While not exactly part of the digitalisation trends, the Nature online journal on Nov’ 30 has reported that after years of pain-staking efforts, finally an AI called AlphaFold developed by Google offshoot DeepMind achieved a gargantuan leap in computational biology, namely determining a protein’s 3D shape from its amino-acid sequence or what is popularly known as “protein folding” where “structure is function” (an axiom of molecular biology). As proteins are the building-blocks of life, unravelling its molecular structure would yield insights into the mysteries of life so that finding treatments and cure for such intractable diseases as Parkinson’s, producing viral drugs for Covid-19 or identifying suitable enzymes that biodegrade industrial wastes are basically tied to protein structures.

According to the Deep Mind website, AlphaFold was taught (deep learning) by reproducing to it the sequences and structures of around 100,000 known proteins. Come 2021, we could expect to herald the beginning of a new chapter related to many scientific and industrial applications which hopefully extends to agriculture and food production, air pollution control (carbon capture and storage) and water treatment, among others.

Connected to that AI breakthrough in predicting protein folding is, of course, quantum computing that represents the leap from bits (binary – 0 or 1) to qubits (0 & 1 at the same time) – based on quantum physics and mechanics (of the simultaneity-duality of superposition and entanglement). For now, quantum computing can be deployed for complex tasks such as predicting the 3D shape of protein folding and structure.

As for blockchain or distributed ledger technology (DLT), it’s fast making its mark in supply chain management (SCM) – with the strategic collaboration between public and private sectors. In Malaysia, the use of blockchain by the Royal Malaysian Customs Department (RMCD) will ease and facilitate import-export transactions of the private sector stakeholders (shipping/logistics, traders). Specifically, the TradeLens platform – as jointly developed by AP Moller-Maersk with IBM and based on the Collaboration Application Programming Interface (API) concept – ensures that all logistic activities such as haulage, warehousing, shipping and freight forwarding at both domestic and international levels can now be wholly integrated.

Notwithstanding, will quantum supremacy which Google had claimed to achieve finally constrain the full potential of blockchain technology? According to Deloitte, someone with an operational quantum computer who has access to the public key (public address) could then falsify the transaction signature known as “hashing” which is an encryption mechanism (in the form of a cryptographic function) serving as “proof of work” that is linkable to another block of transaction data (hence forming a blockchain) and therefore hack to gain entry to the private key (i.e., for the purpose of decryption of the signature). Be that as it may, quantum computing could easily be deployed in blockchain technology to fend off would-be hackers or rogue miners.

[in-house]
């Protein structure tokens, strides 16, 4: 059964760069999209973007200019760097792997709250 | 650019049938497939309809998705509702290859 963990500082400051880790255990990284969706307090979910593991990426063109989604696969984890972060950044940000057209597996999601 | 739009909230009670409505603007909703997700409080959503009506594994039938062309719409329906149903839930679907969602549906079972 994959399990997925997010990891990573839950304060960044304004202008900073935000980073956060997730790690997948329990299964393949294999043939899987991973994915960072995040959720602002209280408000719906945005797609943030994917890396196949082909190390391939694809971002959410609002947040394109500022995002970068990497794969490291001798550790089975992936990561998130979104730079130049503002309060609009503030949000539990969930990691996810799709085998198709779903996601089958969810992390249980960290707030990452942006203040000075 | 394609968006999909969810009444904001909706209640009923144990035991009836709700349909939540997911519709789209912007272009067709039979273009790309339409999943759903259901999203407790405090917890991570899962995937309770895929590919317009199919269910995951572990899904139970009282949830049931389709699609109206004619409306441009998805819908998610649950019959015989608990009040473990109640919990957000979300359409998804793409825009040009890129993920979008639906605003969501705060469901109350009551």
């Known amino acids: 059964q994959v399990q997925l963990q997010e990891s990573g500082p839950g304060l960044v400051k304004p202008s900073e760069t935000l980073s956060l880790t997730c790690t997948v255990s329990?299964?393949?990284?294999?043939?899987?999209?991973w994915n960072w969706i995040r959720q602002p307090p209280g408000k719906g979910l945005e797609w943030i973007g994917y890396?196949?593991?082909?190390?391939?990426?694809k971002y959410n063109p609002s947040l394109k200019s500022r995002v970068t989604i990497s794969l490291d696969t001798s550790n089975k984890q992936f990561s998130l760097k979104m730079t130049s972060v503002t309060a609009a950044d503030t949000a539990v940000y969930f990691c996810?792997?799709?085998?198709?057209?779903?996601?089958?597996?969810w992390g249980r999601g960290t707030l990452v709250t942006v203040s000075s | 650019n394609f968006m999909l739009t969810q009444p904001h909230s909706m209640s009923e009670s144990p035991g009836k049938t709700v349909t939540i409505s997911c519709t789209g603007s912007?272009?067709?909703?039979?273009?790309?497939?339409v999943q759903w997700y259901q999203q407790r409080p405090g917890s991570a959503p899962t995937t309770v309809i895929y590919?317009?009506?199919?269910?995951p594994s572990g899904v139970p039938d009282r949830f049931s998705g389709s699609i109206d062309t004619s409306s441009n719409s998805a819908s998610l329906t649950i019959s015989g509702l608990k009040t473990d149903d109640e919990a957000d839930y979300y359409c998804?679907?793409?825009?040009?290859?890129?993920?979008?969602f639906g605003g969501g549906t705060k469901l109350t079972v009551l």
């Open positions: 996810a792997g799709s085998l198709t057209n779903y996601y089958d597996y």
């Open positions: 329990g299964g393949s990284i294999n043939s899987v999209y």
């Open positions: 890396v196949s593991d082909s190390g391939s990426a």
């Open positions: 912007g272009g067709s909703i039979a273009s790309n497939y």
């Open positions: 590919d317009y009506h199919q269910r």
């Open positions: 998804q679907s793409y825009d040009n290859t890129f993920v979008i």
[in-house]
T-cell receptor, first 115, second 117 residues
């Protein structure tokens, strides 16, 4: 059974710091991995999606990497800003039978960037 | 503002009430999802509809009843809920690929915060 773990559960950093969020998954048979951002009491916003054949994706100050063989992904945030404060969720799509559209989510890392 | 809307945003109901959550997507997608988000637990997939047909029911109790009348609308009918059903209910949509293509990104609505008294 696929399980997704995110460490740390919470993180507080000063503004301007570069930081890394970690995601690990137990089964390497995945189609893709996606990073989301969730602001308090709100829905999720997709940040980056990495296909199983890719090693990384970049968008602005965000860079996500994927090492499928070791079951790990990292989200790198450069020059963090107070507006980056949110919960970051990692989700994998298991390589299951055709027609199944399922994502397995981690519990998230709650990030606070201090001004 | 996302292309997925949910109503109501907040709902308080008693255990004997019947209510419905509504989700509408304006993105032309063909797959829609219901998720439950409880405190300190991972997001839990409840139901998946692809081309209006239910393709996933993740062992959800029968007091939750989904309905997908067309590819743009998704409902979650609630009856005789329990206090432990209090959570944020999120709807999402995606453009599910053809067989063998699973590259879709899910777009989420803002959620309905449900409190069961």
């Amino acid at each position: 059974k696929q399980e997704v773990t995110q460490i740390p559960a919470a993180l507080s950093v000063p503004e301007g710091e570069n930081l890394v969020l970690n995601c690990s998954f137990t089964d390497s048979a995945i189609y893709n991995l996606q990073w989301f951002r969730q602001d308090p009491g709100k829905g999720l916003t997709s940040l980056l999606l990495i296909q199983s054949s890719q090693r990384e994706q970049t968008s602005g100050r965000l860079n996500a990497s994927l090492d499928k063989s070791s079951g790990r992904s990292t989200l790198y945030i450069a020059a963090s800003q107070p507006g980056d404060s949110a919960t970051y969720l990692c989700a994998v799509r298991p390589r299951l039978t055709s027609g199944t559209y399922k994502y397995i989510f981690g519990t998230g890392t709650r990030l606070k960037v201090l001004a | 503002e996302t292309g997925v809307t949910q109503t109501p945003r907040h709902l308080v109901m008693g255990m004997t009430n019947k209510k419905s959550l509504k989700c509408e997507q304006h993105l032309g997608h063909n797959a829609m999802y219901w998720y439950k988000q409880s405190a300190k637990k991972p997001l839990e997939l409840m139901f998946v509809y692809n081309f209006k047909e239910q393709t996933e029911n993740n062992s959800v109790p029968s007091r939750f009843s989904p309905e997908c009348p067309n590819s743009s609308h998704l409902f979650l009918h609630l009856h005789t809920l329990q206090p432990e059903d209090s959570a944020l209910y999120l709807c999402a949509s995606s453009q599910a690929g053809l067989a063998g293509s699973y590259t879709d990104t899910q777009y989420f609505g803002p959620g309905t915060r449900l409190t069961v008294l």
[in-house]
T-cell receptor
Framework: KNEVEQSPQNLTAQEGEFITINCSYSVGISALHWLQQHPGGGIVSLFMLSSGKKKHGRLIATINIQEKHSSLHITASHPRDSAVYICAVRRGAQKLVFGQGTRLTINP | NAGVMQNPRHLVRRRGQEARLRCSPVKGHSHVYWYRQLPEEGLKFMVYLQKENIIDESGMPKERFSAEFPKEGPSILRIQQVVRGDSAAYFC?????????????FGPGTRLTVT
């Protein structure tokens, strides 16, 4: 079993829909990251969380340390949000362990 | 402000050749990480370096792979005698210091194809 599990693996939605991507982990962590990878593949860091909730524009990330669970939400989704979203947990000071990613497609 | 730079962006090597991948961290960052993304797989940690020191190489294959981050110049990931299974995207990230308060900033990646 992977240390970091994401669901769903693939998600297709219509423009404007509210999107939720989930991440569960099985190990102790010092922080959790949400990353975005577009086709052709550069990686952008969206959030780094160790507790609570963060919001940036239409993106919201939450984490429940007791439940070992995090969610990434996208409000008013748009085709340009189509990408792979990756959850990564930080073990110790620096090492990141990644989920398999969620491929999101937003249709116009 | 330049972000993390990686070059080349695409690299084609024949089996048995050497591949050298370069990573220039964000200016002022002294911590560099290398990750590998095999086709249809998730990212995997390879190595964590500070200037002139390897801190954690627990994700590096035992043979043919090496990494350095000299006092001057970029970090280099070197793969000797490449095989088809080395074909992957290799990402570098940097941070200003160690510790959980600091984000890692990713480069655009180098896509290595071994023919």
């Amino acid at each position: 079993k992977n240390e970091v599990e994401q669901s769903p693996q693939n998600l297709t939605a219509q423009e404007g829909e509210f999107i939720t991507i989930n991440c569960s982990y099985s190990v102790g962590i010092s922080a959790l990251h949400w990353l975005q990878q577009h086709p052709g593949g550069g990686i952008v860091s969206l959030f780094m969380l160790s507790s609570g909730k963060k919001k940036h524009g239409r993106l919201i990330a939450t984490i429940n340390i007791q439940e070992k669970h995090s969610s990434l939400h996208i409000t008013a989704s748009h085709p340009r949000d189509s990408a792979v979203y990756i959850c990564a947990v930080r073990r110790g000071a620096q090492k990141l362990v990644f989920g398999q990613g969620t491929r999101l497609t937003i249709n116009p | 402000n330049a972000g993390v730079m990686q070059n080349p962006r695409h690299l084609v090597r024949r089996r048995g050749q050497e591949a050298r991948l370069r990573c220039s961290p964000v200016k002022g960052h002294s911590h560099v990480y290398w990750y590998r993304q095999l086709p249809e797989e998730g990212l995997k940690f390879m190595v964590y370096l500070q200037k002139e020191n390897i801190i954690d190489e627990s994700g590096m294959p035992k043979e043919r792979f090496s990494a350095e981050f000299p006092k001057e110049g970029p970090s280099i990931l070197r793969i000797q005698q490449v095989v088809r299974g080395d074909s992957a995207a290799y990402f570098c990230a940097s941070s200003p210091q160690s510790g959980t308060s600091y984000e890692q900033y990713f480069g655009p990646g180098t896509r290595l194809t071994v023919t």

And not least, robotic process automation (RPA) is increasingly used in fintech (financial technology). In its Fintech and Digital Banking 2025 Asia Pacific, IDC reported that financial liberalisation, drive towards cost-reduction, intense competition from counterparts as well as P2P (peer-to-peer) players, wafer-thin net interest margin, etc. are catalysing banks to further automate, e.g., through RPA software that enables computers to process manual workload of business process more efficiently and effectively (such as triggering error-free responses).

Finally, autonomous driving will soon be an in-thing in Malaysia as it is in other parts of the world, not least across the Causeway (in Singapore). eMooVit Technology Sdn Bhd is a local start-up started in 2016 specialising in driverless agnostic vehicle software for urban environment routes. The software can be used in different applications such as first/last-mile transportation, logistics and utility solutions. On Dec 23, eMoovit was reported to be the first company to use Malaysia’s first self-driving vehicle testing route as announced by Futurise Sdn Bhd, a wholly-owned subsidiary of Cyberview Sdn Bhd. As reported in The Edge Markets, the 7km Cyberjaya Malaysia Autonomous Vehicle (MyAV) Testing Route was jointly developed by Futurise and the Ministry of Transport (MoT) under the National Regulatory Sandbox (NRS) initiative for the development of autonomous vehicles or self-driving vehicles.

All in all, Malaysia is well-positioned to leverage on all of the highlighted digitalisation trends, one way or another.

Jason Loh Seong Wei is Head of Social, Law & Human Rights at EMIR Research, an independent think tank focussed on strategic policy recommendations based on rigorous research.